August 28, 2014, 05:43:31 AM

Author Topic: 300 f/2.8L and 400 f/2.8 at f/2.8  (Read 13177 times)

CarlTN

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Re: 300 f/2.8L and 400 f/2.8 at f/2.8
« Reply #45 on: April 24, 2013, 04:49:01 PM »
bdunbar, I'm glad your hit rate went up!  Again, I suspect the 400 is inherently slower to focus.  The version 2 is probably faster, but at much higher cost.  Sounds like you had the right attitude, and made it work.  That's part of being a great photographer, it seems to me!  The point is, you as the photographer are compensating for whatever your tools lack, and getting the job done.  When the job is done and you get the shots you want, the problem is solved!

Thanks, yes I know about fooling it in manual mode, but then you wind up with under or overexposed shots that you have no control over.  Sounds like the 1DX works the same as my camera.  I know the whole point of manual mode, is that the user is responsible for getting the correct exposure...I just feel like, being able to use EC in this mode, with auto ISO, wouldn't be that difficult for Canon to implement, if they wanted to.  Maybe it is, I don't know.

Some of my work consists of shooting at 1/2000 shutter in bright daylight, and I like to close the aperture to f/8 to f/10.  I defined the ISO range in auto (which only left me with choosing ISO 800 or 1600 as the upper limit...I wish it would have let me choose finer increments, like ISO 1000).  My shoot went fine...it worked...but sometimes there are "less important" highlights that get blown out a bit more than I like (and I prefer to not use HTP, because it seems to add even more noise in shadows, than a slight underexposure and lift later in post, achieves).  But in ISO auto in Manual mode, there is no control over exposure.  It will fire if it goes under or over by a bit (where in tv mode, it might not...assuming the shot happens at the edge of, or outside the specified ISO range in auto).

My shots at ISO 1600 are more than clean enough for my purposes anyway via the 6D, so I guess I'm just being a control freak.  Cheers!

TrumpetPower!

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Re: 300 f/2.8L and 400 f/2.8 at f/2.8
« Reply #46 on: April 24, 2013, 05:47:57 PM »
I prefer to not use HTP, because it seems to add even more noise in shadows, than a slight underexposure and lift later in post, achieves.

HTP actually does nothing more than set the analog amplifiers on the sensor to one stop lower than what you set on the camera. If you're shooting JPEG, the onboard raw processing engine applies one stop of digital push. If you're shooting raw, it turns on the HTP flag in the metadata and most raw processors upon seeing that flag will silently apply one stop of digital push in addition to whatever else they do.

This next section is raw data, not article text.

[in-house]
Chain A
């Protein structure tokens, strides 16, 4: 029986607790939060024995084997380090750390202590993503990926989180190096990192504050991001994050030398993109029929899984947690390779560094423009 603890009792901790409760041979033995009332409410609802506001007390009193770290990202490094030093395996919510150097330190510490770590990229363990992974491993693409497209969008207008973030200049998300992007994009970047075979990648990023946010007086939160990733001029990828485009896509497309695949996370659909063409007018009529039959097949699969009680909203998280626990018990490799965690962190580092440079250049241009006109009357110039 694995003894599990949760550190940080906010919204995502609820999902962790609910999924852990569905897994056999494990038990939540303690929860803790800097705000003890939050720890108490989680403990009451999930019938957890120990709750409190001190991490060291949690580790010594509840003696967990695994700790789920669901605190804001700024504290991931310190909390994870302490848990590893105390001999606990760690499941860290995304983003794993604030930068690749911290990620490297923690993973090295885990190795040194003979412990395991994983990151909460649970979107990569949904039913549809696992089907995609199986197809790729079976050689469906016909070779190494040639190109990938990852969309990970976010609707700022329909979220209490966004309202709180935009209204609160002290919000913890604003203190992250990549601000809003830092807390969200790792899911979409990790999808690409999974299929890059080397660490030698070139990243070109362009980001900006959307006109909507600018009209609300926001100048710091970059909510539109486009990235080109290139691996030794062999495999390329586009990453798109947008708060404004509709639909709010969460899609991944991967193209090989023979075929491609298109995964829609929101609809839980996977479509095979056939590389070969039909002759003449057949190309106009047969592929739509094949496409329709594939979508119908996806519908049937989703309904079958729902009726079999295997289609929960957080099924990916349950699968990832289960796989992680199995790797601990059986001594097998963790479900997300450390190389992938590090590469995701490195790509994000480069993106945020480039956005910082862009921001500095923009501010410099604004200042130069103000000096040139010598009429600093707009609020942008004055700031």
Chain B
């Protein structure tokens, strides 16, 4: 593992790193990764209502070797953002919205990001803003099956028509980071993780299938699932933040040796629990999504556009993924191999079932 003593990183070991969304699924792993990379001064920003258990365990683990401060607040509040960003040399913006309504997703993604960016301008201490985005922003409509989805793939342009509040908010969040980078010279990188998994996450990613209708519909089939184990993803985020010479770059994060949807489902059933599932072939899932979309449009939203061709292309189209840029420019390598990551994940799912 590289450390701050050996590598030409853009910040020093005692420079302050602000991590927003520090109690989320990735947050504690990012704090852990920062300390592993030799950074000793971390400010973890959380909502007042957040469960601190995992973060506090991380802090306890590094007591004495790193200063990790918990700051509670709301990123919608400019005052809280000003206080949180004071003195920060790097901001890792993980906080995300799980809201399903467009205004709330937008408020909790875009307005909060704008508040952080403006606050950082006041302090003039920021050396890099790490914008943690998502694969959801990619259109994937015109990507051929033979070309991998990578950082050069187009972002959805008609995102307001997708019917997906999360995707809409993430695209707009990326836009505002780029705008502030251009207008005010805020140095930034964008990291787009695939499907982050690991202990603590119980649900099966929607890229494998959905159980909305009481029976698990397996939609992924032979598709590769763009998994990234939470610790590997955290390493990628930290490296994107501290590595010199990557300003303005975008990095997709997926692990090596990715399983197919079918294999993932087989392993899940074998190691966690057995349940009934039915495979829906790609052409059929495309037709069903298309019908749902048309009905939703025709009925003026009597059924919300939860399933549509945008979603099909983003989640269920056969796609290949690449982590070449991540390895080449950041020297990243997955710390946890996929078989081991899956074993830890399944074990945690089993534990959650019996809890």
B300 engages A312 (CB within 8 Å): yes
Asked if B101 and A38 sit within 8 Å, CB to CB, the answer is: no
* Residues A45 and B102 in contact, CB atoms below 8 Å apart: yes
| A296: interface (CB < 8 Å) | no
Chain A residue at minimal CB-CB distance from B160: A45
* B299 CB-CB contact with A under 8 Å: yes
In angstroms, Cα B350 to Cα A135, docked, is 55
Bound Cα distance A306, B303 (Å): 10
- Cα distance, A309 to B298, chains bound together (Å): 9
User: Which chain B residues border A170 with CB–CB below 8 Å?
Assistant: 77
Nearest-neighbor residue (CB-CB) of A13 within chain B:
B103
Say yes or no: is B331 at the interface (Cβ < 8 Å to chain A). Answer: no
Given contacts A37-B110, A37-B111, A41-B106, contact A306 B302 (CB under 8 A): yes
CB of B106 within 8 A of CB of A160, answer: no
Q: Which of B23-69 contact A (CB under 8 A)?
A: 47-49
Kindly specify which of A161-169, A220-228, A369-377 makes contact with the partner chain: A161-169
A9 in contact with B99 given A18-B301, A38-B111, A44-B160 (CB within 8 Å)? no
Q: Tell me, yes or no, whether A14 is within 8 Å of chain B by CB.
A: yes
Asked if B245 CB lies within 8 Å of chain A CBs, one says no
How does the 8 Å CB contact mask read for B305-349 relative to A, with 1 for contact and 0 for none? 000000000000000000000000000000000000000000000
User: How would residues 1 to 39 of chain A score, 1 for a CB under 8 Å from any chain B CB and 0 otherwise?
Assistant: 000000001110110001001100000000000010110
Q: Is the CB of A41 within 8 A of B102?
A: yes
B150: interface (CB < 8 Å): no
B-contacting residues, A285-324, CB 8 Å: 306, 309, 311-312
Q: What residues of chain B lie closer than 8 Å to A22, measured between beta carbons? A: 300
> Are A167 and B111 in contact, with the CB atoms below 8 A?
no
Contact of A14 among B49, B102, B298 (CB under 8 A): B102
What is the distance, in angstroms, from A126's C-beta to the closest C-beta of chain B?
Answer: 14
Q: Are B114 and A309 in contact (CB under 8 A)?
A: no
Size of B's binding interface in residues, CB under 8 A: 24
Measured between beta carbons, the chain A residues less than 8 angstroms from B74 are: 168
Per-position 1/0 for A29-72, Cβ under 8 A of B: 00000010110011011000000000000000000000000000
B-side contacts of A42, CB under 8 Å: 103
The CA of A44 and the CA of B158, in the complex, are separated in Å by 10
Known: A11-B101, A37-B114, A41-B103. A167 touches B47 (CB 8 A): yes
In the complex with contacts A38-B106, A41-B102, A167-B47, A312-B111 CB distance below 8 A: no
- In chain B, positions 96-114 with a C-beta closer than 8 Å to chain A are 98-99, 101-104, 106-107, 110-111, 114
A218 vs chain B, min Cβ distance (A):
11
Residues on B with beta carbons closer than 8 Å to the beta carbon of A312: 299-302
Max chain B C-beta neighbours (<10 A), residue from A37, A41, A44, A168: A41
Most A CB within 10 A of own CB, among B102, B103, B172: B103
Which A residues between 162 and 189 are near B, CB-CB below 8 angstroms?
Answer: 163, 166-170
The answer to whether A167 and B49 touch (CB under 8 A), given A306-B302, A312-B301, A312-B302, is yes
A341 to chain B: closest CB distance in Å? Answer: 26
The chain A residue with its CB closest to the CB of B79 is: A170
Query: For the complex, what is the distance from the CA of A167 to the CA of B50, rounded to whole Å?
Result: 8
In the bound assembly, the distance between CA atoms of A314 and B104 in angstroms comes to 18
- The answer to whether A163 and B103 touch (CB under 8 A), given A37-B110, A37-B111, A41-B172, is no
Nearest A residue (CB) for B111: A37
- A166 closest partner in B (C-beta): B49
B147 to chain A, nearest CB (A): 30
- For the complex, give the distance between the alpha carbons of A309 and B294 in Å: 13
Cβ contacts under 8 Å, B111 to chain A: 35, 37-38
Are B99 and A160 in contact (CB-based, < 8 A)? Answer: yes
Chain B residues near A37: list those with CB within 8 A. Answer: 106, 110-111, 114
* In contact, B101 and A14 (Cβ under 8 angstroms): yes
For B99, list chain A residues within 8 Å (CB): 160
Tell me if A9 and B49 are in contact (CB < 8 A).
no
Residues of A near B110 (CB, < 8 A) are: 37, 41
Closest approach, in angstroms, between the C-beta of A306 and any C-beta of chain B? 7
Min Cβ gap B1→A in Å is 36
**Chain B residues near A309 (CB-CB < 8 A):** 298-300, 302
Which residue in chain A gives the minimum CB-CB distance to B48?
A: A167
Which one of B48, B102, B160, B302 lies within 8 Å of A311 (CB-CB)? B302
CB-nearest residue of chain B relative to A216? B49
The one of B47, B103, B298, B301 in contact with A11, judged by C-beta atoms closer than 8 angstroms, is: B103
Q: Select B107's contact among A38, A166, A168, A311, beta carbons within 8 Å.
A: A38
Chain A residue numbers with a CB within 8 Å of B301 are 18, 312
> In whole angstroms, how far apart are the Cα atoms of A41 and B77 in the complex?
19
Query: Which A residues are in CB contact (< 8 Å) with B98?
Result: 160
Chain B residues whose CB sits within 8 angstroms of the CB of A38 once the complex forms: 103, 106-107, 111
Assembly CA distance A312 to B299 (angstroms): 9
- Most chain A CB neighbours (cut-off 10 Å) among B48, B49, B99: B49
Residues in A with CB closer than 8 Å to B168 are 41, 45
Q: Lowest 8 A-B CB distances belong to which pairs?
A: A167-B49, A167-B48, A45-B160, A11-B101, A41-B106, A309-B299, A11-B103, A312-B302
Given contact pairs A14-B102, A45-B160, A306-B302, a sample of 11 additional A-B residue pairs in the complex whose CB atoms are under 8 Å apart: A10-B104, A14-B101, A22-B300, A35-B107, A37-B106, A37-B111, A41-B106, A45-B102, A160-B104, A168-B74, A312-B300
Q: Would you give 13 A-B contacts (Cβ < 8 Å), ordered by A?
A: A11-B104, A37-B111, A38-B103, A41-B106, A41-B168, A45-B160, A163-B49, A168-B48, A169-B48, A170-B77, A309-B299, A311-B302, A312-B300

ISO 50 is the exact same thing but in the opposite direction.

Both are most useful for JPEG shooters, as it allows in-camera ETTR and ETTL shooting. If you're shooting raw, they're worth considering if you're going to do one stop of ETTR or ETTL as it gives you a properly-compensated back-of-the-camera preview.

Other than that, they're nothing you can't do by simply setting the native ISO value yourself.

Incidentally, the H ISO settings are also digital expansions. The same considerations apply for JPEG and raw shooters both.

Cheers,

b&

CarlTN

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Re: 300 f/2.8L and 400 f/2.8 at f/2.8
« Reply #47 on: April 24, 2013, 06:35:00 PM »
Thanks trumpet, that's good to know.  I already knew about the "h" range being a digital expansion.  I didn't realize the HTP was a full stop of effectively cutting the exposure, though.  I know it says something to that effect in the owners' manual.  I guess that explains why it adds more noise to shadows than I like, haha.  I do mostly shoot in RAW.  Again, my main complaint, besides the lack of EC in manual mode (while ISO is in auto)...is that the limits of ISO while in auto, are not allowed in fine enough increments.  I basically can see how much compensation I need, based on the subject matter...but if I can't control EC, oh well.  It might have worked better to just use Av mode, and specify ISO 1000 (rather than auto).  Every shot may not be 1/2000, though...just as if I had used Tv mode and set ISO 1000 (rather than auto), some shots may have gone down to f/7.1, to achieve 1/2000.  However, if I just shot everything at minus 1/3 EC in either Av or Tv, that might have fixed either potential problem.  I guess I am just too hung up on the novelty of actually being able to use auto ISO, without winding up with more noise than I can tolerate (as was the case with my crop camera).  The reason I used 1/2000, is because below that, there is too much motion blur potential, and above that...is kind of wasted shutter speed, and thus would give me more noise needlessly. 

TrumpetPower!

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Re: 300 f/2.8L and 400 f/2.8 at f/2.8
« Reply #48 on: April 24, 2013, 07:21:56 PM »
Carl, your difficulties with autoexposure are exactly why I never use it. Though, granted, I rarely shoot in light that changes very fast.

If you're shooting outdoors, unless it's a partly cloudy day with fast winds aloft, chances are good that autoexposure is going to be much more trouble than it's worth. The light just doesn't change fast enough that you can't keep up with it just fine by yourself.

And at least the full-frame cameras these days have so much dynamic range that, so long as you're shooting raw and the exposure is in the ballpark and you haven't clipped highlights you actually care about, you can recover almost anything.

(If you've missed the exposure by several stops, or if you're looking to turn shadows into highlights, or any of the other insane and wacky things the D800 fans keep bragging they can do, you might have problems. But otherwise, exposure these days is very forgiving, especially at lower ISO settings.)

Cheers,

b&

eml58

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Re: 300 f/2.8L and 400 f/2.8 at f/2.8
« Reply #49 on: April 24, 2013, 07:38:05 PM »
This has got to be one of the most informative well thought out Threads on CR, Having both the Lenses and read every Post I know a lot more now than I did a week ago, Thanks Bdunbar79, carlTN & Trumpet Power.
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Jack Douglas

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Re: 300 f/2.8L and 400 f/2.8 at f/2.8
« Reply #50 on: April 25, 2013, 02:24:32 AM »
Hi All,

A late thank you to applecider for the helpfull suggestions.  I didn't have the lens and camera long enough and the weather was poor so I didn't get many examples that could be helpful in relating to my questions on sharpness of the 300 2.8.